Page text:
Firefight by Brandon Sanderson
Series: Reckoners #2
Published on January 6th, 2015
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From the #1 "New York Times" bestselling author of Words of Radiance coauthor of Robert Jordan's Wheel of Time series, and creator of the internationally bestselling Mistborn Trilogy, Brandon Sanderson presents the second book in the Reckoners series: Firefight, the sequel to the #1 bestseller Steelheart.
They told David it was impossible--that even the Reckoners had never killed a High Epic. Yet, Steelheart--invincible, immortal, unconquerable--is dead. And he died by David's hand.
Eliminating Steelheart was supposed to make life more simple. Instead, it only made David realize he has questions. Big ones. And there's no one in Newcago who can give him the answers he needs.
Babylon Restored, the old borough of Manhattan, has possibilities, though. Ruled by the mysterious High Epic, Regalia, David is sure Babylon Restored will lead him to what he needs to find. And while entering another city oppressed by a High Epic despot is a gamble, David's willing to risk it. Because killing Steelheart left a hole in David's heart. A hole where his thirst for vengeance once lived. Somehow, he filled that hole with another Epic--Firefight. And he's willing to go on a quest darker, and more dangerous even, than the fight against Steelheart to find her, and to get his answers.
“My name is David Charleston. I kill people with super powers.”
What. A. Book.
This series is getting better and better with each book, and I’m fighting the urge to re-listen to each just so I can relive all of the awesome.
Time to break it down:
Technically this follows the same premise as the previous book (as it is a continuation). I loved that we could revisit the Reckoners as they continue their journey to eradicate all of the evil Epics who seek to intimidate the humans by causing destruction and chaos. Even though this series kind of has a X-men-like feel to it, it still brings enough originality that makes it stand out in my mind.
Between the Reckoners and the Epics, I don’t know which I like more! Sure, some are good, and some are evil, but I found it hard to not be drawn to the story without being fascinated by each individual character in this book. (And of course, my love for David is STRONG with this one.)
Usually I can pinpoint things I “didn’t like”, but honestly, I don’t have any real negative feedback for this book. I guess I could say the only thing I didn’t like was the fact that it ended. That, or the fact that I have to wait another year before the story continues. *shrugs*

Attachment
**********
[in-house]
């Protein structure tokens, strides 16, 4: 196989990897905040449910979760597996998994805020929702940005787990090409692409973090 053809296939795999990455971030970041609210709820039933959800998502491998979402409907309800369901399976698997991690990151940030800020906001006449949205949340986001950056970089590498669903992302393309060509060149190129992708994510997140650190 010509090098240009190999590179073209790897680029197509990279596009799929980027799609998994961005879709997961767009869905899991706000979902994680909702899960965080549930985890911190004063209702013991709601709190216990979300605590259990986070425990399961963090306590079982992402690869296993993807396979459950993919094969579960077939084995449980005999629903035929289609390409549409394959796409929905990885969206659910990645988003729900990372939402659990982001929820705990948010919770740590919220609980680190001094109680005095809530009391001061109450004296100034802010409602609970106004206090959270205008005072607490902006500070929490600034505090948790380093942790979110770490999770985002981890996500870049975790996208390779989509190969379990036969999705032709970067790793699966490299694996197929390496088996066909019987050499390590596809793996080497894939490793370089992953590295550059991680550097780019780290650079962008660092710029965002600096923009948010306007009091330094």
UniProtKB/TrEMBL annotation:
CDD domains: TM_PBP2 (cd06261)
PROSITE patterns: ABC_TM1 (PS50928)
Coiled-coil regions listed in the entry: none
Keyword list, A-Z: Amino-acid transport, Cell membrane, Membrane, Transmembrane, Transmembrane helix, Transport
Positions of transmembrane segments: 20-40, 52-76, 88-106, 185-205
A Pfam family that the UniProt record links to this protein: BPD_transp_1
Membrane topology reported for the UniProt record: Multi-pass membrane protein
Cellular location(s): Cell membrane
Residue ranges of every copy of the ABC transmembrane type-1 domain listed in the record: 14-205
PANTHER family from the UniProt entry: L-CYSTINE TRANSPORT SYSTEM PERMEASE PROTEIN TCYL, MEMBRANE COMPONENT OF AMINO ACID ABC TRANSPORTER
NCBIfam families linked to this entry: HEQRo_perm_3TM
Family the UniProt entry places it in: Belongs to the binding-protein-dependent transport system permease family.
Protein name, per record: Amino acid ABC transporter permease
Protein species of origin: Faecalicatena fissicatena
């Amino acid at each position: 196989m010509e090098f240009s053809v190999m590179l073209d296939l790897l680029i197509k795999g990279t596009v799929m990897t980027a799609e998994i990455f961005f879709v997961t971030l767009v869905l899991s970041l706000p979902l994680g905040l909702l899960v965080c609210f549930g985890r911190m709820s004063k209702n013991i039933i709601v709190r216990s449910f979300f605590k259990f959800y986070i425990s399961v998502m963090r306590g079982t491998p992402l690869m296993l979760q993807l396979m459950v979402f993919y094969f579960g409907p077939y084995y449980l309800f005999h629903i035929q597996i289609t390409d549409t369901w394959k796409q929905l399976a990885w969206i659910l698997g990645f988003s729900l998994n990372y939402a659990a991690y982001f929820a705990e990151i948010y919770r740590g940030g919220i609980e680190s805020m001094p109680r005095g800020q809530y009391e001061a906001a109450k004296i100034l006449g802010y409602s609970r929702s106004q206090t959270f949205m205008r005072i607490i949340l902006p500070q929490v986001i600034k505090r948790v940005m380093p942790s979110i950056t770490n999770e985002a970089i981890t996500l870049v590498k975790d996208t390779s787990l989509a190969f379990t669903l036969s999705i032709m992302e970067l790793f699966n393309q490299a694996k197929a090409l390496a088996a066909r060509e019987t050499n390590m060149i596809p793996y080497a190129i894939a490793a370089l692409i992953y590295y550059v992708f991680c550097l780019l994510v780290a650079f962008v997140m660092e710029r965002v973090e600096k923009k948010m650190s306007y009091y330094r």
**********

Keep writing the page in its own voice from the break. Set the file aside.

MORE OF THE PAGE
As with the first book (Steelheart), Firefight ‘s plot was rich with character development, entertaining dialogue, and lots of action and suspense. Then, add in a couple gasp-inducing twists, and a mild cliff-hanger ending, and that should tell you why I gave this book 4.5 glowing stars.
Can all audio books be narrated by MacLeod Andrews? PLEASE? Seriously guys. If you haven’t yet had the opportunity to listen to a book narrated by him, you are missing out. His performance in Firefight was pretty amazing. There were times I felt like I was being transported into the scene by MacLeod’s acting/voice.
Listen to a sample from the audio book:
“You can’t immerse yourself in something,” Prof said softly, “without coming to respect it.”
“You’re like a potato!” I shouted after her. “In a minefield.”
She froze in place. Then she spun on me, her face lit by a half-grown fruit. “A potato,” she said flatly. “That’s the best you can do? Seriously?”
“It makes sense,” I said. “Listen. You’re strolling through a minefield, worried about getting blown up. And then you step on something, and you think, ‘I’m dead.’ But it’s just a potato. And you’re so relieved to find something so wonderful when you expected something so awful. That’s what you are. To me.”
“Sure. French fries? Mashed potatoes? Who doesn’t like potatoes?”
“Plenty of people. Why can’t I be something sweet, like a cake?”
“Because cake wouldn’t grow in a minefield. Obviously.”
“Don’t do anything stupid.’
‘Don’t worry,’ I whispered over the line, ‘I’m an expert on stupid.’
‘Like, I can spot stupidity, because I know it so well. The way an exterminator knows bugs really well, and can spot where they’ve been? I’m like that. A stupidinator.’
‘Never say that word again,’ Prof said.”
(*See my speedy review of book 1 HERE!*)
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